Master Study Guide LAS200Y1.docx

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Latin American Studies
Victor Rivas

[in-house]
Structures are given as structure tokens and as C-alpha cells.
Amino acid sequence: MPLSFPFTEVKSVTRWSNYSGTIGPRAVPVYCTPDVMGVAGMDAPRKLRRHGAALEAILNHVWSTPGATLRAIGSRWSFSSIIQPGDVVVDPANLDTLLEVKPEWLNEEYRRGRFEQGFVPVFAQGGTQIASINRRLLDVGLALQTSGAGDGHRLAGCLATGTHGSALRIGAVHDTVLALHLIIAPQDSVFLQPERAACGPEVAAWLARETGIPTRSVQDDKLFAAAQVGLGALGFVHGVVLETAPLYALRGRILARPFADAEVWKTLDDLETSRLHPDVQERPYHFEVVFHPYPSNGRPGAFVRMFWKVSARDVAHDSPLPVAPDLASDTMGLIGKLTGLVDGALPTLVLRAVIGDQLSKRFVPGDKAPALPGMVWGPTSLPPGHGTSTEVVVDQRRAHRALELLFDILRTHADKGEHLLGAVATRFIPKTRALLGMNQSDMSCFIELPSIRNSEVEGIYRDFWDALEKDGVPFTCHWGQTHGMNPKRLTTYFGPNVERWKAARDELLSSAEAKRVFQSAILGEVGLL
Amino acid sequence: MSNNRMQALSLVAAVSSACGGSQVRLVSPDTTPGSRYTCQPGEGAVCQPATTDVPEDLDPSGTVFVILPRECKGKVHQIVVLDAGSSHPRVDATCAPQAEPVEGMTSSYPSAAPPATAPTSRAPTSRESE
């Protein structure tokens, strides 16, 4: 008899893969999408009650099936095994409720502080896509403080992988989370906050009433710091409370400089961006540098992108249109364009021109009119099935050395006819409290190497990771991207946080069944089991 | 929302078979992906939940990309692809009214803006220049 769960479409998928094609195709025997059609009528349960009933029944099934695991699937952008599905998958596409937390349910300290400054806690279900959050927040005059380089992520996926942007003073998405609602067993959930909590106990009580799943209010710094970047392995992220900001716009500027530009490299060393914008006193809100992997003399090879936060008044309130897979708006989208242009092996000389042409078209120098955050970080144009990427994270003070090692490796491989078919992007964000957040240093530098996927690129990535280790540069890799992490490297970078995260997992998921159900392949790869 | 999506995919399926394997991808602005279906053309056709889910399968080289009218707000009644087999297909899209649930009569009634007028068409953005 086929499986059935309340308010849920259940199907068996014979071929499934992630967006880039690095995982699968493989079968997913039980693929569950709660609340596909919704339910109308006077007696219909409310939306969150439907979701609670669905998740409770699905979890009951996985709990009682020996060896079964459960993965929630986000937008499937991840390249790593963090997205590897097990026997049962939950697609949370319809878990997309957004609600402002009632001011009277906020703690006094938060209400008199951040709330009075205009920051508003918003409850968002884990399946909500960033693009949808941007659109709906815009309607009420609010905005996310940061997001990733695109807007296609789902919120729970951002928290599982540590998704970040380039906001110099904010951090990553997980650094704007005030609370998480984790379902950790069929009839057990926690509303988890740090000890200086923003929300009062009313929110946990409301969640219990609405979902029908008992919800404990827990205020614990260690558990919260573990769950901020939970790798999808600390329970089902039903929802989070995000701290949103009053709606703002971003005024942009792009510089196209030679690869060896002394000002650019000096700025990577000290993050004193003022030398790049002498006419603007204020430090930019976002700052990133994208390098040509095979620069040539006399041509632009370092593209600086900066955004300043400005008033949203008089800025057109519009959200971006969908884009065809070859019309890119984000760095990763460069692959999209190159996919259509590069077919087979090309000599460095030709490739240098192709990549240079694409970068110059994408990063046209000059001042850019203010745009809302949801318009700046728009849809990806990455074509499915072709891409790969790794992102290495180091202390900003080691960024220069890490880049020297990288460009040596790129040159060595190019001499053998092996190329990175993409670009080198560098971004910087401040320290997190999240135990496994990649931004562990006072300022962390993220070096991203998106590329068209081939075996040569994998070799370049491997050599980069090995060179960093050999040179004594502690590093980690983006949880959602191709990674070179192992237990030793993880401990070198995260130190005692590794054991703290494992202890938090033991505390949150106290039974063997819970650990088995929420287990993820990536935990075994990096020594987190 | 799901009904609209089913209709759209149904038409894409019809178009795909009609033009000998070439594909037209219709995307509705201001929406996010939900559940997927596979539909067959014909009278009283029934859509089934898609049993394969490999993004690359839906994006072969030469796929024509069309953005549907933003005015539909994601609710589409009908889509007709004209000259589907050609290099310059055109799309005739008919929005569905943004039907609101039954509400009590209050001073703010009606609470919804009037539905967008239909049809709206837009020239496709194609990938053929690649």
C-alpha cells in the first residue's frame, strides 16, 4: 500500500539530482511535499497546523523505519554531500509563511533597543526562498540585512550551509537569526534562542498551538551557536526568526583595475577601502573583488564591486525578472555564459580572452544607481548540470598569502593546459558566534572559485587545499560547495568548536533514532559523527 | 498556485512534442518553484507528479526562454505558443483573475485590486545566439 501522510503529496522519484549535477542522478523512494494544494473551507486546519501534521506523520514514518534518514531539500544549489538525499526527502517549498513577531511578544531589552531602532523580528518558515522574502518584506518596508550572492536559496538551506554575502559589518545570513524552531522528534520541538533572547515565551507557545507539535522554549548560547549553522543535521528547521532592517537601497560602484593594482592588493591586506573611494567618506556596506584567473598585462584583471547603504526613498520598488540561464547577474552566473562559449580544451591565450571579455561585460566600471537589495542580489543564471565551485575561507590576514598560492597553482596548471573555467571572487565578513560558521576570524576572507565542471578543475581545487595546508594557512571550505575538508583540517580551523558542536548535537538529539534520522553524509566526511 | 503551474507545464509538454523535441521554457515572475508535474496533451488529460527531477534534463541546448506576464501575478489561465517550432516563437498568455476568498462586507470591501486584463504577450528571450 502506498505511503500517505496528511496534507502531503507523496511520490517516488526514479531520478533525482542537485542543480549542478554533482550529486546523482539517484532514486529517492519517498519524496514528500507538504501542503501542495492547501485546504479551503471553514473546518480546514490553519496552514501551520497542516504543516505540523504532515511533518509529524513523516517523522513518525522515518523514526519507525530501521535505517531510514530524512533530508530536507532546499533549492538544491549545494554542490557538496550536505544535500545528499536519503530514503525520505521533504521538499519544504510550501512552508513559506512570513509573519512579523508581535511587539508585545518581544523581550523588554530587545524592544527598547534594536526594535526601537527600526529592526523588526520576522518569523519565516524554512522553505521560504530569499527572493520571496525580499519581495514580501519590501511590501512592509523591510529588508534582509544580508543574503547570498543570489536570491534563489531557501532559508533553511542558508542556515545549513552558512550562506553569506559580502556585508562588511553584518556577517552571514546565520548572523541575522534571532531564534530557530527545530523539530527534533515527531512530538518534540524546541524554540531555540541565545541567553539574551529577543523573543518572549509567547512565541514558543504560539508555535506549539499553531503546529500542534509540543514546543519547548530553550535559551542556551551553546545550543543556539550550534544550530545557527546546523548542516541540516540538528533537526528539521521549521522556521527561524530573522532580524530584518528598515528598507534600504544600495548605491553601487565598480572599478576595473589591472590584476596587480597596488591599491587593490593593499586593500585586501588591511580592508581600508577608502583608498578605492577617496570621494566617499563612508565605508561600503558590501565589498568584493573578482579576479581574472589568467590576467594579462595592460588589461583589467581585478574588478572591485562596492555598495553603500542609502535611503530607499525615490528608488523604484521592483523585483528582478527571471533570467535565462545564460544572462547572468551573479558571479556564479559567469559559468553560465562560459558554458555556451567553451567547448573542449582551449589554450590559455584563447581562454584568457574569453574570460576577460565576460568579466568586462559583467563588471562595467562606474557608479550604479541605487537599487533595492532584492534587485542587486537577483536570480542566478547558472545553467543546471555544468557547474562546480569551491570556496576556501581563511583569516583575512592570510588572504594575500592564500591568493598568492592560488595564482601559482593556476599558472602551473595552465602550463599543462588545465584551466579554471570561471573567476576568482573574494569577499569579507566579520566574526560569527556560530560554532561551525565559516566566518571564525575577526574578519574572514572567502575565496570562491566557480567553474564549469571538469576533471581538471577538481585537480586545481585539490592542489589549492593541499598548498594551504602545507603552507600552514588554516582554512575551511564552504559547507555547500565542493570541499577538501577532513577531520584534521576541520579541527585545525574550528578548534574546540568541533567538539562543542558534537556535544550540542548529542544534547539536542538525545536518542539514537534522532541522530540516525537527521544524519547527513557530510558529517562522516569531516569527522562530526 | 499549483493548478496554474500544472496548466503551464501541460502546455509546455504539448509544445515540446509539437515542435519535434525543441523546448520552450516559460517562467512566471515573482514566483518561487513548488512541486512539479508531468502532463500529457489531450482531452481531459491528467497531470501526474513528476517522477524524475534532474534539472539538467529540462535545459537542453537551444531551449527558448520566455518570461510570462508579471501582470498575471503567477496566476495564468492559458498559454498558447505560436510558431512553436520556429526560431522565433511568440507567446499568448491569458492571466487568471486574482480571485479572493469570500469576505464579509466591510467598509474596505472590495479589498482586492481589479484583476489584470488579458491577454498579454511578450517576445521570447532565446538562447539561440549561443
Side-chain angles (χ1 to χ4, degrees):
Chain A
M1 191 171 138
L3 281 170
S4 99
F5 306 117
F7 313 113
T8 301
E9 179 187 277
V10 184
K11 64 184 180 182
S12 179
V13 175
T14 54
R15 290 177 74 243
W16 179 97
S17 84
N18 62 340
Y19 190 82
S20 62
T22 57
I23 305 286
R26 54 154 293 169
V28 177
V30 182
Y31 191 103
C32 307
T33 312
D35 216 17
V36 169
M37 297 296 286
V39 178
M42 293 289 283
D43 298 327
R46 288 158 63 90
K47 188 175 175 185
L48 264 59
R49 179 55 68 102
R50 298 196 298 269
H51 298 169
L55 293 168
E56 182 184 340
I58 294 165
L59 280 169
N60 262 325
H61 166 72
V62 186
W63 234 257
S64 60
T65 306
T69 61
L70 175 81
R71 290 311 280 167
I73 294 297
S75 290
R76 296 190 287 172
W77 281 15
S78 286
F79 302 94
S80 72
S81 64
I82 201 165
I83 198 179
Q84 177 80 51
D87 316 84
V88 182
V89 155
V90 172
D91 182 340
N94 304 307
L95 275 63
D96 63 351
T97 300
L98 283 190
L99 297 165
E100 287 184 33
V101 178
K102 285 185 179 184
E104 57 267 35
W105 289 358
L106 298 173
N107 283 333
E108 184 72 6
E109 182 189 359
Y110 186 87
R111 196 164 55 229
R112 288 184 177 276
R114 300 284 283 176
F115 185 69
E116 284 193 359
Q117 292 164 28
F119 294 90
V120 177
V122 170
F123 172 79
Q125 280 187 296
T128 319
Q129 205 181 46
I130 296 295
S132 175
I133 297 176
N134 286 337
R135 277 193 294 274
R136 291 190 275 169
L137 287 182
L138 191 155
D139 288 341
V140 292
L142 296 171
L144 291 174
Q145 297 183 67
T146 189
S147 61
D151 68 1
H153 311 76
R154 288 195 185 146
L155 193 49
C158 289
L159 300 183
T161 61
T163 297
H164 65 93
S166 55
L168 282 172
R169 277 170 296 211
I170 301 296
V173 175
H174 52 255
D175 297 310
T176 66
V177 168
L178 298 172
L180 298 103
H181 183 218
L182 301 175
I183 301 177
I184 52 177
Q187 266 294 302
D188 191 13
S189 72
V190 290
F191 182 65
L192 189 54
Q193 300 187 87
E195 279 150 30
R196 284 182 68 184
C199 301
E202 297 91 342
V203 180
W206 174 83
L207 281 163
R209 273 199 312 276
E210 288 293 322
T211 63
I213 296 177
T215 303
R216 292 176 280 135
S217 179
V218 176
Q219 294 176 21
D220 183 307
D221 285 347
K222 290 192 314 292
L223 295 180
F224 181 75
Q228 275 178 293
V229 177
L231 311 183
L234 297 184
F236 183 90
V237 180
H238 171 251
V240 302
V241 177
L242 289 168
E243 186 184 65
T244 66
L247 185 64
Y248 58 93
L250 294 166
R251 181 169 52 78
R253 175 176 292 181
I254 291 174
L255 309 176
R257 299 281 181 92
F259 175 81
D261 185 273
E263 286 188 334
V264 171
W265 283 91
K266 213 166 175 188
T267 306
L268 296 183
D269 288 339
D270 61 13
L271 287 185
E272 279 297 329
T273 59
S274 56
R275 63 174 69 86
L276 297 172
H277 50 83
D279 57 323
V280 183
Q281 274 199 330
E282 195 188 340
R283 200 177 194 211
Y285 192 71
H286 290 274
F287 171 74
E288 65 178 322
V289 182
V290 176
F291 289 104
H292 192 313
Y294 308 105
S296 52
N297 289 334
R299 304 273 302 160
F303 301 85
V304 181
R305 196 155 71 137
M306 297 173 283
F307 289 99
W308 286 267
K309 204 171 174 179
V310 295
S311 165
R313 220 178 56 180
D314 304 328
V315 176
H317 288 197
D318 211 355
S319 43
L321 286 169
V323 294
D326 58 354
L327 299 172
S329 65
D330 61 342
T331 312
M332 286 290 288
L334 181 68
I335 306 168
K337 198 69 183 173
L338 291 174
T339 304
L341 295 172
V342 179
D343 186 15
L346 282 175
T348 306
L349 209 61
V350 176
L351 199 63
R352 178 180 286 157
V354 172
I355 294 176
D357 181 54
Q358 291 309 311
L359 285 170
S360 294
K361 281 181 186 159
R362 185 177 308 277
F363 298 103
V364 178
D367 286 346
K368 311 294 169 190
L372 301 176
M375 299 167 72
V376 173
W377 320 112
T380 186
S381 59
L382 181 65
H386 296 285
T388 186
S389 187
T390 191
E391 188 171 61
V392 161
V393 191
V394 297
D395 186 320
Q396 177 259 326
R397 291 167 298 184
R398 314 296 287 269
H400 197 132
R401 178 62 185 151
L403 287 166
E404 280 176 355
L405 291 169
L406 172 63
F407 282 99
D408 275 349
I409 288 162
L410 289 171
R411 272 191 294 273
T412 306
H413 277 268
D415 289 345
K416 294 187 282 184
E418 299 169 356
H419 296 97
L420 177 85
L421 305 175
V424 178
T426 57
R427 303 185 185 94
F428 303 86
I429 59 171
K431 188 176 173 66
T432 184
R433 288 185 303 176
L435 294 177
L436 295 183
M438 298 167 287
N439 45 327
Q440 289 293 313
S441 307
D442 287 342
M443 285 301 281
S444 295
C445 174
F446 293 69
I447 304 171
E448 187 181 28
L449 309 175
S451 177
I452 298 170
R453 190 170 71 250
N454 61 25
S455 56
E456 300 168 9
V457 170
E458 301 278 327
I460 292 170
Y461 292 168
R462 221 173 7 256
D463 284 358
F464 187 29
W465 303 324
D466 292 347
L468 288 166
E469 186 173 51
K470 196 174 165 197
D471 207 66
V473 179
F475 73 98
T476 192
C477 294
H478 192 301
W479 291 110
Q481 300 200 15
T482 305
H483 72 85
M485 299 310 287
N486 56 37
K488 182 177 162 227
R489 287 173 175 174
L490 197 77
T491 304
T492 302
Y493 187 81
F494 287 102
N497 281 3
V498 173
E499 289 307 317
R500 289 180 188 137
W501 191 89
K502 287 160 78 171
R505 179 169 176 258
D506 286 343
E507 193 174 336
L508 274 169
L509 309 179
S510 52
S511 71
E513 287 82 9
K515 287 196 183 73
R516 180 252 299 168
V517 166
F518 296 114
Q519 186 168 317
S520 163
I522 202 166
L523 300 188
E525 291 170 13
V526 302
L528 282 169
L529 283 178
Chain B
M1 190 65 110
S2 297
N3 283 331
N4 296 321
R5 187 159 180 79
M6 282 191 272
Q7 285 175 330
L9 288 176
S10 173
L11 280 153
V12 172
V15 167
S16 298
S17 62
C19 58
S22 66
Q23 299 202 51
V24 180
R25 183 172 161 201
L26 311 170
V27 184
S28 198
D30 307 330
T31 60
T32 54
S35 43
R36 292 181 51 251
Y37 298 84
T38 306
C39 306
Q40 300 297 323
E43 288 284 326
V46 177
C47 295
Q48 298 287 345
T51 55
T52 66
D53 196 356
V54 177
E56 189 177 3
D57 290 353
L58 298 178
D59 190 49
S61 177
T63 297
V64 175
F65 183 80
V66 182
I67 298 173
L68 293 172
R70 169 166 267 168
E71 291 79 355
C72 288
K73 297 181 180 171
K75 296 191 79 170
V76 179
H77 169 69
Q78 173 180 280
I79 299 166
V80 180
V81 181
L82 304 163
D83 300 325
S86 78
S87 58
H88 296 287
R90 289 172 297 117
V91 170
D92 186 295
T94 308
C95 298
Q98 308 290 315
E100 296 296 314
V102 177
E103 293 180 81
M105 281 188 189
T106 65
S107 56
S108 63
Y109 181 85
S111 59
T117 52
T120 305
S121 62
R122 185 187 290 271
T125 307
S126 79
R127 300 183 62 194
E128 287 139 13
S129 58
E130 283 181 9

Master Study Guide LAS200Y1 2 Semester *Thanks to all those who contributed and good Luck! Francis Scherer Terms with historical and cultural support: th 26 of July: History: the date of an assault planned by the rebellion lead by Fidel Castro on the Moncada barracks with purpose of eventually overthrowing Batista. However this attack failed and Castro was incarcerated until 1955. During this time He is gloriously quoted with saying “ History will absolve me” in references to his desires to eventually lead the Cuban people. This date eventually became the title of the gorilla movement lead by Castro and Che Greuvera which lead to the topple of the Bastia government. The July 26 movement. Significance: - The July 26 movement was supported by gorilla troops in the sierra, and by urban resistance lead by Frank País. Support gathered behind the leader Castro mainly from University students and other believers and eventually joined with the communist arty in Cuba, which provided middle class support in the urban sector. The US even began to support Castro in the toppling of Batista and even established an arms embargo on Cuba in March 1958. - The cultural significance of the date July 26 resides in the naming of the movement that eventually led to the over through of Bastista and the instatement of Castro the leader of the Cuban people. This also lead to the communist revolution in Cuba and many other historical events such as the Cuban Missile crisis and events of the Cold war. As well as effecting trade and travel industries with the US and other countries in the world. - Also notable are the establishments of certain policies related directly to the Castro administration via the US. For example: alterations to the Good Neighbour policy, and trade and travel embargos with Cuba because of its ties to communist Russia - Also the bay of pig was a result of the Cuban exiles just as a side note. Salvador Allende: History: Chilean leader circa 1970 presidential election in Chile. Considered to be one of the first Marxist leaders that resulted from an open election. One of the co-founders of the Chilean socialist party. Not elected to presidency until his 4 attempt under the ‘Popular Unity Party’ [a combination of the socialist and communist parties and splinter groups of the radicals and the Christian Democrats]. However the narrow electoral results lead to almost immediate instability. Leading to the eventual coup d’état lead by General Pinochet, who was an appointed general by Allende. The election of a Marxist socialist was an immediate threat to the ‘backyard’ of the USA, and has lead to conspiracies about the US involvement in Plan Condor and other political and economic changes incurred by Chile post coup. Allende had desires to nationalize industries within Chile [ie: copper industry] in order to cut its dependence on the US and foreign capital investments. Significance: The election of Allende was the catalyst to the coup d’état of General Pinochet and a return to free-market capitalism. This was a showcase of not only the elite class and its power but the overall global control and persuasion of he power residing in the US. - Also this led to the involvement of he Chicago Boys and the establishment of the “Economic Miracle” a Milton Friedman idea, and the reconnection with the US market place and ideals. - This was a primary attempt at equality and economic redistribution - By nationalizing previously established foreign business Allende aggravated the US, which countered with an invisible blockade, cutting loans and funding and portions of trade with Chile and its socialist government. Plan Condor: History: The supposed extermination and brutal treatment of opposition memebres to Latin American political movements. Assigned to the leadership of Pinochet in Chile circa 1973-74, it is proposed that there are discovered documented attempts of Latin American Political leaders, namely Pinochet, to eliminate any political opposition with in their respective countries. There is a lot of controversy shadowing these events because of the involvement of the “Truth Commission” [funded and trained by the US] about its authenticity. In the case of Chile, the Truth Commission was put in place to shed light on the actions carried out by the Chilean government, lead by General Pinochet, under the veil of ‘Plan Condor’. It was believed that ‘Plan Condor’ was created to eliminate, by any means, the subversive movement opposing Pinochet and threating the economic recovery of Chile at the time. While it is alleged that ‘Plan Condor’ was to blame for the loss of some three thousand lives, there has yet to be any substantial proof of either Pinochet’s involvement or recovery of even one of the three thousand bodies. Significance: Significant because it has triggered many things including conspiracies regarding the involvement of the US. Can be credited for the success or failure of the Pinochet administration [depending on how you view things]. - Also significant because of its validity or lack there of and how the interpretation has changed the view of Pinochet’s leadership and its effectiveness. - Plan Condor was a massive Human Rights violation that is punishable by the world court system - Plan Condor is suspect because of the political and economic change and how it favored the US and its markets. Since Plan Condor was a suppressive action taken towards any opposition or threat to the drastic political and economic change that was taking place at that time Good Neighbour Policy: History: The Good Neighbor policy was the foreign policy of the administration of United States President Franklin Roosevelt, circa 1933, toward the countries of Latin America. While it rule became effective during Franklin Roosevelt's presidency, it was Hoover who paved the way for this policy. Hoover also coined the term ‘Good Neighbor’. Its main principle was that of non-intervention and non- interference in the domestic affairs of Latin America. It also reinforced the idea that the United States would be a “good neighbor” and engage in reciprocal exchanges with Latin American countries. Overall, the Roosevelt administration expected that this new policy would create new economic opportunities in the form of reciprocal trade agreements and reassert the influence of the United States in Latin America; however, many Latin American governments were not convinced. Significance: Gives an understanding of pre cold war relations between the US and Latin American countries regardless of their political affiliation. Also demonstrates the capitalist intent and actions of the US. - Representative of free-market trade agreements and US economic principals and their influence on the rest of the world - Showed just how flexible policy can be when there is an interoperated threat to the US - Was created after the Monroe Doctrine Monroe Doctrine: History: The Monroe Doctrine was a policy of the United States introduced on December 2, 1823. It stated that further efforts by European nations to colonize land or interfere with states in North or South America would be viewed as acts of aggression, requiring U.S. intervention. The US also agreed in this Doctrine that they would not interfere with Europe in any way. Significance: This was created at the time when almost all Latin American countries were establishing their independence from European, namely Spanish and French rule. - This can also be viewed as an investment in economics and political economy by the US. By establishing good relations and providing protection from their imperialist counterparts the US was establishing relationships of trade gains. This also in a way established control via the US over Latin America at the time. - Because the US lacked a creditable army at the time of this Doctrine, it was thus largely discredited internationally. However the British also support this doctrine because of the trade gains that it would experience and thus it was adhered to internationally. - Lead to the Big Brother policy which was basically the opening of markets to the US General Pinochet: History: Was an army general in 1972-72 in Chile until he stage a coup d’état over throwing president Allende in September 11 1973 and becoming the dictator of Chile. Later transferring power democratically to president Aylwin. He has been credited with the economic recover of Chile by reverting back to the free-market capitalism of the US under the advisement of the US trained Chicago Boys. This was considered by many to be the ‘Economic Miracle’ that Chile had been looking for during the economic depression of the late 60’s early 70’s. After his rule as dictator of Chile he remained in control of their arm and its military decisions thus maintaining some power over the Chilean political structure before he was arrested for human rights violations that resulted from the supposed ‘Plan Condor’. Significance: Credited with the economic miracle of Chile - Also was accused of human rights violations under plan condor resulting in the truth commission investigation - Creating belief in the connectivity to the US market place and economic structure with hopes of influencing the rest of Latin America. - Dictatorship with American flavour - During this time there were agreements made indebting Chile to the US through the IMF and its conditional loans - There was later a transition back to democracy but the interesting part is none of the policies really changed. The fundamental IPE and stayed the same, the title from dictator to president was the only real difference. Emiliano Zapata: History: He was a leading figure in the Mexican revolution in 1910 against president Porfirio Diaz. He commanded the Liberation army of the south. He is still widely respected and loved in Mexico today. Followers of Zapata are known as Zapatistas! He also represented similar ideas to Pancho Villa Significance: He deeply cared about land reform and redistribution. He allowed and promoted the value of women in his rebellion army and often the women fought alongside of the men and were able to rise in rank in his army. Coined the phrase “land and liberty” ; there is debate over whether Zapata and his followers were revolutionaries or bandits. Still he is considered a national hero that represents hope for the oppressed and underprivileged. CESAR CHAVEZ ( 1927-1993): Cesar was a Chicano, born in California to immigrants parents who worked on the farms like many other newly arrived illegal and legal Mexican immigrants to the U.S. - He was able to attend university but never completeled… he dropped out after a couple of years. -This man is a great figure because he represents the plight for respect and fair treatment for Latinos, and for farm workers. - He became a leader of the UNITED FARM WORKERS, funded in 1962, to fight for workers who were being exploited. He argued for their right to be unionized so that they would be able to negotiate better working conditions, treatment, and fair pay for the farm workers. - Eventually. His plight and the UFW became a charismatic movement, and Cesar was able to gather a large following of Latinos- Chicanos or not- to support his cause and carry on his efforts. -One of the biggest issues he faced was how to get across to the farmers, the people he was trying to fight for their rights, when they were the uneducated masses. For this, he was able to find great and creative people who helped break down those barriers of communication, starting with communicating through corridos, the style of song charged with political activism. VICTOR JARA (193201973) This man is an example of an artist who demonstrated political commitment. He was a songwriter and a singer and he played many corridos during the times of the War and the Allende/Pinochet coup in Chile, (late 1960s, early 1970s). Many of his songs spoke about reform, land redistribution, and liberty; he created La Cancion Nueva”. His ideas were very sided with the socialist plans that Allende had for the country, something that went very against the ideas and the Pinochet coup and the anti- communist doctrine of the U.S at the time. Anything that seemed slightly leftist was considered a threat, and so Jara’s songs and expressions were regarded by many of Pinochet’s coups in that light. Sadly, he was captured by the Allandimientos in Chile, which was when the police or the people backing Pinochet’s coups would break into people’s home and hurt or capture anyone who they affiliated with “communism” or “socialism”, basically anything unlike Pinochet. He was taken to the Chilean national stadium as a prisoner and never left alive. He was killed in 1973, is whole body was actually never recovered. EZLN (-1994) This is a group that has since 1994 declared war Against Mexico. They have outright denied any political alignment and retain their distinctiveness and solidarity in the importance of indigenous Mayan Beliefs and in Zapatismo thought. The group takes its name after Emiliano Zapata, who was the leader of the Army of the South during the Mexican Revolutions that began in 1910. He was a revolutionary, and represented many indigenous and their cause. He fought for agrarian reforms and was very involved in discussions over such reforms and the justice of agrarian division during the revolutions. CARMEN MIRANDA Carmen Miranda was a Brazilian singer of European-descent who came to be part of the good neighbor policy with the U.S in the 1930s-50s, that is, trying to educate Americans about Latin American countries, customs, land, people, music and so forth, in a was that was amicable and user-friendly to them. For example, Miranda wore and sung to the style of the Afro-Brazilian culture, and yet she was no an Afro-Brazilian. This American representation and cultural expression of Latin America was very blotched and a misrepresentation at that. People were not able to attain a proper picture and understanding of the realities in Latin America because of what was projected through the cultural expressions in songs and movies and actors that were all part of the Good neighbor policy. This relates to the idea of interpellation: of the attempt of the government to put out its own signs and meanings in society represented through different institutions, be it the churches, the school, or cultural expressions such as in the radio or the media. It brings light to the fragility of representing something that is not your own, and of the biases and misrepresentation that can occur. EL-VEZ: ROBERT LOPEZ (1960-) He is known as the Mexican Elvis, whose career took off around the late 1980s. He uses the imitation of a great American pop icon, Elvis, and has created a transcultural act, using Elvis inspired music and dress and infusing that with political subject matter and awareness in favour of issues pertaining to Latinos. As a Chicano- a Mexican-American- he has taken up the cause of political activism for this group. He is more than an artist, he is a political activism, and it shows in every one of his shows and his lyrics. He speaks about Chicano issues, -be it inequality, racism, unfair work treatment- gang violence, Mexican history, influential Chicano figures such as Cesar Chavez, immigrants and many other related topics to Latinos in the North. This is an example of cultural hybridity, where he takes things from boths sides to creats a powerful transcultural act that is relatable and attractive to both cultures. By performing a transcultural act, he is able to break down barriers that may otherwise existed and may have prevented him from reaching out to the other half of his audience. It is an idea of taking the powerful cultural phenomenons of the North and infusing them with the Latino flavor of the music but also with social and political activism to bring awareness to the many issues Latinos are facing. LUIS VALDES (1940-) Luis Valdes became a follower of Cesar Chavez and became involved in the UFW n 1965, 3 years after it was founded. He is known as the ideological father of the public relations campaign, that is, he is credited for being able to break down communication barriers to the masses of the uneducated in a way no one had done previously regarding the plight for exploited farmers. He is the creator and father of the TEATRO CAMPESINO. This theatre was made up of short stories with humour and strong messages to get the farmers to understand what the UFW union was about, what they were fighting for, and why they should support this movement and cause. It became a very efficient and successful way of communicating with the masses of farmers, as they would set up truck- stages and act out certain scenarios to convey different messages: such as unfair treatment by the farm patrons, long hours, improper pay and so forth. Valdez brought the concept of theatre from Spain, the idea of passion plays, and infused them ( ANTOTHER CULTURAL HYBRID) with the ways of the Aztecs and how they represented their ideas also through theatre, and finally added to Latino farm workers realities and issues to his theatre. This is an important example of cultural hybridity because he once again was able to break down barriers, draw attention to his cause from many ‘classes ‘ of people, because of his ability to attract them through the different cultural aspects infused in his theatre, He is now a professor of theatre at the University of California. Francisco Madero - Mexico was led the dictator President Porfirio Diaz, who had been in power since 1876 - Though responsible for modernizing Mexico, anyone who opposed him was not allowed to voice their opinions and were silenced. - In 1910, elections were held and Madero ran against Diaz’s dictatorship, and was supported by many. - Diaz won the election, however this sparked the revolution. - Madero returned from the states to begin the revolution, in 1911 Madero along with a large army led an attack on the federal garrison of Casas Grandes. The attack failed, but it made northern rebel like Orozco acknowledge Madero as a leader of the revolution. - Madero and Pancho Villa had met and started working together to set in motion the revolution in Mexico City. - After much civil unrest and revolutionary attacks Diaz negotiated surrender with Madero, and Madero became president in 1911. - However, Madero was not a true revolutionist and when president worked on maintaining the power structure left by Diaz, which greatly upset the other revolutionary fighters. - -- - - Madero also had enemies on the other side with General Victoriano Huerto, who wanted to remove Madero - In 1913, Madero was arrested and executed by Huerta. - Francisco Madero was the spark that started the revolution through the removal of Diaz. Augusto Sandino  Sandino was the leader of the rebel movement in Nicaragua between 1927 and 1933 against Jose Maria Moncada and Somoza, who was put in power by the United States.  Sandino and his supporters, Sandinistas, continued to fight the guerilla war against the US intervention in government.  Eventually in 1933, the US left Nicaragua, and Sandino began to negotiate the removal of the National guard, which he still felt was being controlled by the US.  Somoza gave orders to have Sandinista arrested and killed by the National Guard. After his execution the National Guard began breaking down the Sandinistas, which they accomplished after a month.  Somoza went on to become the leader and establish his dictatorship.  Sandino is regarded as a national hero and had left a legacy for future politicians.  The formation of the Sandinista National Liberation Front - inspired his Sandinistas to take down Anastasio Somoza Debayle – Leading to the Nicaraguan Revolution o 1975- Somoza Debayle tried to break down Sandinistas o however, Sandinistas were supported by other prominent political leaders and by President Jimmy Carter, who had previously withdrew support for Somoza because of Human right issues Pancho Villa  Apart of the Mexican Revolution.  After Madero’s assignation, Pancho Villa continues fighting for the Mexican revolution, mainly in the North of Mexico.  Villa focused on advocating for land reform and the poor, and against the rich/ power structure, which is why he was compared to a Robin Hood-like figure.  Villa became known as a bandit fighting for the revolution, and joined Madero’s army.  When Madero was put in power, Orozco was upset about how little he was involved in the new government and began forming a counter-army against Madero.  Villa, a supporter of Madero, decided to defend him, there was another general who was defending Madero as well named General Huerta. Huerta and Villa did not agree well with each other and Huerta was able to have Villa imprisoned and sentenced to death.  General Huerta had ended up betraying and assassinating Madero.  Fortunately, Pancho Villa had escaped imprisonment and now began leading the army against Huerta.  Pancho Villa also was apart of the f